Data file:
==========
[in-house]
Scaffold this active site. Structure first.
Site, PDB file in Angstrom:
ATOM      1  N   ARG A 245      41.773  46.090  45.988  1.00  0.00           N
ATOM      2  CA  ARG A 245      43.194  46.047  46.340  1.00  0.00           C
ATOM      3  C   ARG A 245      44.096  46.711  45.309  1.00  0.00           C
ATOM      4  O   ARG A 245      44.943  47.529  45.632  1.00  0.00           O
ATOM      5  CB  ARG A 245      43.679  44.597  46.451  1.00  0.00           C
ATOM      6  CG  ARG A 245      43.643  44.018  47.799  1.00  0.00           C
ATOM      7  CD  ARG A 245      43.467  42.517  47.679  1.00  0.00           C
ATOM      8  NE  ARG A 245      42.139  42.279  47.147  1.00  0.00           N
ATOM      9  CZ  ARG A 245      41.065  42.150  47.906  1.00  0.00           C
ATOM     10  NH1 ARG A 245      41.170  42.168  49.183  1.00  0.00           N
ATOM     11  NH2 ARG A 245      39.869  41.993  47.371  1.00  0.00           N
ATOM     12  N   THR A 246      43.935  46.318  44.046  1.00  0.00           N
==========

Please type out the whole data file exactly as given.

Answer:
[in-house]
Scaffold this active site. Structure first.
Site, PDB file in Angstrom:
ATOM      1  N   ARG A 245      41.773  46.090  45.988  1.00  0.00           N
ATOM      2  CA  ARG A 245      43.194  46.047  46.340  1.00  0.00           C
ATOM      3  C   ARG A 245      44.096  46.711  45.309  1.00  0.00           C
ATOM      4  O   ARG A 245      44.943  47.529  45.632  1.00  0.00           O
ATOM      5  CB  ARG A 245      43.679  44.597  46.451  1.00  0.00           C
ATOM      6  CG  ARG A 245      43.643  44.018  47.799  1.00  0.00           C
ATOM      7  CD  ARG A 245      43.467  42.517  47.679  1.00  0.00           C
ATOM      8  NE  ARG A 245      42.139  42.279  47.147  1.00  0.00           N
ATOM      9  CZ  ARG A 245      41.065  42.150  47.906  1.00  0.00           C
ATOM     10  NH1 ARG A 245      41.170  42.168  49.183  1.00  0.00           N
ATOM     11  NH2 ARG A 245      39.869  41.993  47.371  1.00  0.00           N
ATOM     12  N   THR A 246      43.935  46.318  44.046  1.00  0.00           N